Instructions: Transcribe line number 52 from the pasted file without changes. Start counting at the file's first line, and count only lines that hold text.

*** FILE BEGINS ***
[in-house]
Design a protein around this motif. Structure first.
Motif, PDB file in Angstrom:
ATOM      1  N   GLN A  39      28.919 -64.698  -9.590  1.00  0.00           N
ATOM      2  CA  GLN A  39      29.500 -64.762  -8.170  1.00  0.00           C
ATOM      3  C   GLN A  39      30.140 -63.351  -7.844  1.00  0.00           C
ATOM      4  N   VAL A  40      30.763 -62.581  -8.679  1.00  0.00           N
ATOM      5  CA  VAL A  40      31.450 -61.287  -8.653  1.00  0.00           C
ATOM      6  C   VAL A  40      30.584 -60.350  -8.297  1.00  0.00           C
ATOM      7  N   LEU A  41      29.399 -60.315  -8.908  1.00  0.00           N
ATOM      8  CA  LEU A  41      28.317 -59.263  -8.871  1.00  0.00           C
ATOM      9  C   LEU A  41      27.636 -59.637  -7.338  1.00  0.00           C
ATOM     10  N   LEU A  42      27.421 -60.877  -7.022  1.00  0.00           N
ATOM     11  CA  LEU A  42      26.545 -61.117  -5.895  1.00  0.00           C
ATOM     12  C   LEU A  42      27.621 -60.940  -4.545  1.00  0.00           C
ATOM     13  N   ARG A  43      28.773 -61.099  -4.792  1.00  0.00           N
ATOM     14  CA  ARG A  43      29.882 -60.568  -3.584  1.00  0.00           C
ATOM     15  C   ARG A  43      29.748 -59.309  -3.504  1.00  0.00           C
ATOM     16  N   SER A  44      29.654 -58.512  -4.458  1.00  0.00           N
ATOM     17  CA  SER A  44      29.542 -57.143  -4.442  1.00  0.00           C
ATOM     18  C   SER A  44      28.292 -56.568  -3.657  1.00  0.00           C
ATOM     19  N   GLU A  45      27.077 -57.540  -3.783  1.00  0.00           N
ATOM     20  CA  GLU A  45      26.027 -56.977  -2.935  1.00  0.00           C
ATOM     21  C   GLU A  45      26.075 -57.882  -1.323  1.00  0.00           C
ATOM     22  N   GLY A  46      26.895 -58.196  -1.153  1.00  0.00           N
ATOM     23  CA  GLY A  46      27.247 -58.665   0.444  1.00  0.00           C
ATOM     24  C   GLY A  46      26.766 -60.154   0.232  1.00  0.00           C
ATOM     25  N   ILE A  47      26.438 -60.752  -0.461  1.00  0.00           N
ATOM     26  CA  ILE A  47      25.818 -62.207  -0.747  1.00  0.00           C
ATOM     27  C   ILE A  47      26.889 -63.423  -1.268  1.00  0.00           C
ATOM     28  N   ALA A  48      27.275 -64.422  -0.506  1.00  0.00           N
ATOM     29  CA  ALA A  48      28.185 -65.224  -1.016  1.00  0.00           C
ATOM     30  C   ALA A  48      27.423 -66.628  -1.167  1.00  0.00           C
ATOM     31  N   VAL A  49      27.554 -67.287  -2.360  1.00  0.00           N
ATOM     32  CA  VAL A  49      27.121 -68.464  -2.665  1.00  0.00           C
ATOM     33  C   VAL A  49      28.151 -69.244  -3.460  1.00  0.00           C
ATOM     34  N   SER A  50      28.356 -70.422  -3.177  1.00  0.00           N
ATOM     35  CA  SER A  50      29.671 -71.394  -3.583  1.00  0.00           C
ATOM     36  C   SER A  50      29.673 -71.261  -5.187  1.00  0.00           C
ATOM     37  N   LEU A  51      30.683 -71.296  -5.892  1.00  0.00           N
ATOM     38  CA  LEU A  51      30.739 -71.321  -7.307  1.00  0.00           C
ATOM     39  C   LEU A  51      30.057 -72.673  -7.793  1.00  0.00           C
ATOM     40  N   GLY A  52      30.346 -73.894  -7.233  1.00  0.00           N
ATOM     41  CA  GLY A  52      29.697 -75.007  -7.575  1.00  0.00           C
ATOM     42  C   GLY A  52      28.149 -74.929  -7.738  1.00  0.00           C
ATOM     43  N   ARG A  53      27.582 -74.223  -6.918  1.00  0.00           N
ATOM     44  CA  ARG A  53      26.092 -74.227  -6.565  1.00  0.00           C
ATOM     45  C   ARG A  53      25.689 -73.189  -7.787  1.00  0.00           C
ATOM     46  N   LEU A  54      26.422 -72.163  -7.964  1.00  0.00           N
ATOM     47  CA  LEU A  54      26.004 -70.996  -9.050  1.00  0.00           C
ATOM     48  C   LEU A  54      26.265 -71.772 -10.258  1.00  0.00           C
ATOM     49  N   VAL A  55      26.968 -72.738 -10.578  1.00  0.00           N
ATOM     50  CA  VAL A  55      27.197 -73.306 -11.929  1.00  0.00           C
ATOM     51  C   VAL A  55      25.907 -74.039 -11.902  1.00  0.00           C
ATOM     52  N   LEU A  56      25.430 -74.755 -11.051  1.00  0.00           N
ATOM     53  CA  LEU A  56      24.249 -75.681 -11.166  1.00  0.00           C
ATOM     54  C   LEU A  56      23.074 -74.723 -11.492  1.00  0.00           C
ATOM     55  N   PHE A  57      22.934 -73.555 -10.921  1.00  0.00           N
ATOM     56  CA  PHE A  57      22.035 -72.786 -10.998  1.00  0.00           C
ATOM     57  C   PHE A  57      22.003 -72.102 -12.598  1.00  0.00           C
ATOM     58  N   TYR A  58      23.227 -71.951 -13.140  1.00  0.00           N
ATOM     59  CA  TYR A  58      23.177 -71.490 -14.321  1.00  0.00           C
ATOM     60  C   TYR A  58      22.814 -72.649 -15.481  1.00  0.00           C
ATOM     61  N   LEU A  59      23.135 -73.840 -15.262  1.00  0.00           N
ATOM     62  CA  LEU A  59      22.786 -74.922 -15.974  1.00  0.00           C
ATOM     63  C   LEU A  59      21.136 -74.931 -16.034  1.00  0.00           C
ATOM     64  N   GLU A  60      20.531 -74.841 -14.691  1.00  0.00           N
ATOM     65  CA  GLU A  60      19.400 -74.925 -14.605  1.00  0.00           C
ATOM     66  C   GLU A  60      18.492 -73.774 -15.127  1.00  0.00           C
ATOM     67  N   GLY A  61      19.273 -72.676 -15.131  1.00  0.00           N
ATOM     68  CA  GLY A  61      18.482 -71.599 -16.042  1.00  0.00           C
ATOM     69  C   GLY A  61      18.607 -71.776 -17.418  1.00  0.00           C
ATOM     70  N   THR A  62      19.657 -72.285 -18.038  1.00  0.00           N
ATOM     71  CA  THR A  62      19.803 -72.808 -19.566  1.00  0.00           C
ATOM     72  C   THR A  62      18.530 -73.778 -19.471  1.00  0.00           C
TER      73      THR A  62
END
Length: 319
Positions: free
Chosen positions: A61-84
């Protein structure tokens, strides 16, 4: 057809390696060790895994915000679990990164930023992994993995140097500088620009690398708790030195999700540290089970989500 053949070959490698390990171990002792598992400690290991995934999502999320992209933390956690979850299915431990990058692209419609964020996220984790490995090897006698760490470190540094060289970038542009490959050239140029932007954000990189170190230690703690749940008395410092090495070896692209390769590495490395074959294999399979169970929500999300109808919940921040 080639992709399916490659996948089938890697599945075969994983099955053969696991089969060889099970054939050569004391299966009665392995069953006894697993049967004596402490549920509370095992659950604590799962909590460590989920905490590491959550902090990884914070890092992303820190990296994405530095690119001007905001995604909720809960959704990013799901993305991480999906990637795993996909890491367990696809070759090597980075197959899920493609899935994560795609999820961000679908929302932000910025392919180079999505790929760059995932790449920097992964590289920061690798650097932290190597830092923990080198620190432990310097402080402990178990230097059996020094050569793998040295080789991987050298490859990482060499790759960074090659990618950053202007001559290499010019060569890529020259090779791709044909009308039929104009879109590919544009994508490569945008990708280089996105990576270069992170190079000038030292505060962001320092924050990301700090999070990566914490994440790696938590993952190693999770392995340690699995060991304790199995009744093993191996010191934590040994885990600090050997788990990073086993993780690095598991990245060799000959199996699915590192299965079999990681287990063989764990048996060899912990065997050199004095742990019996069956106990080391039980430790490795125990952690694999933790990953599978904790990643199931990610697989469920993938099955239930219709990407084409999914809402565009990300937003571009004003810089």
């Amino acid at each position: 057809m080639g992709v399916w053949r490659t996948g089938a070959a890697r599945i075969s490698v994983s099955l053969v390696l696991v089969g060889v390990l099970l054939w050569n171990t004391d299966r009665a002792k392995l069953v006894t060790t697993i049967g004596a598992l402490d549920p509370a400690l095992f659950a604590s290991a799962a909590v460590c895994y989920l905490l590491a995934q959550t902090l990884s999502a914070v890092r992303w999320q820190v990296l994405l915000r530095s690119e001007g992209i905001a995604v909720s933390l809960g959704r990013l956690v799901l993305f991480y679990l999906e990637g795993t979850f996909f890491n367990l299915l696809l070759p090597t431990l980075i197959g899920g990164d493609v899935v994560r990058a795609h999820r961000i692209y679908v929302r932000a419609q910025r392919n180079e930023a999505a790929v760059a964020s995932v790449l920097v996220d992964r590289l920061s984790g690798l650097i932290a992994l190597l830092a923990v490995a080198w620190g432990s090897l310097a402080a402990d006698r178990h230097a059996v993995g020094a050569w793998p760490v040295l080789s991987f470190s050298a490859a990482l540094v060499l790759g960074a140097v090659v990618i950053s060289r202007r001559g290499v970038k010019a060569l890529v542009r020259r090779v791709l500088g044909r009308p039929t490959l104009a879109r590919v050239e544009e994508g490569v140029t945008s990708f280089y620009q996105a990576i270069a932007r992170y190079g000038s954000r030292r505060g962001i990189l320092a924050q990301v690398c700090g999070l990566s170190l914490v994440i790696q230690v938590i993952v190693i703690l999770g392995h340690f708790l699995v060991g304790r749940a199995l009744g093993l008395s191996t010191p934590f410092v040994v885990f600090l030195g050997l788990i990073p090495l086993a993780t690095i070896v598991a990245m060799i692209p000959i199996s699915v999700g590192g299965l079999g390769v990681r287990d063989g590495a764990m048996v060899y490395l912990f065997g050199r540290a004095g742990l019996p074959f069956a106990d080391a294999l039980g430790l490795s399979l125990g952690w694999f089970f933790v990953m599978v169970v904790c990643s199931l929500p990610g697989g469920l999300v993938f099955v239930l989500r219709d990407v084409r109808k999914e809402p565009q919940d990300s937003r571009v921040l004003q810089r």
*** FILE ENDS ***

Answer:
ATOM     49  N   VAL A  55      26.968 -72.738 -10.578  1.00  0.00           N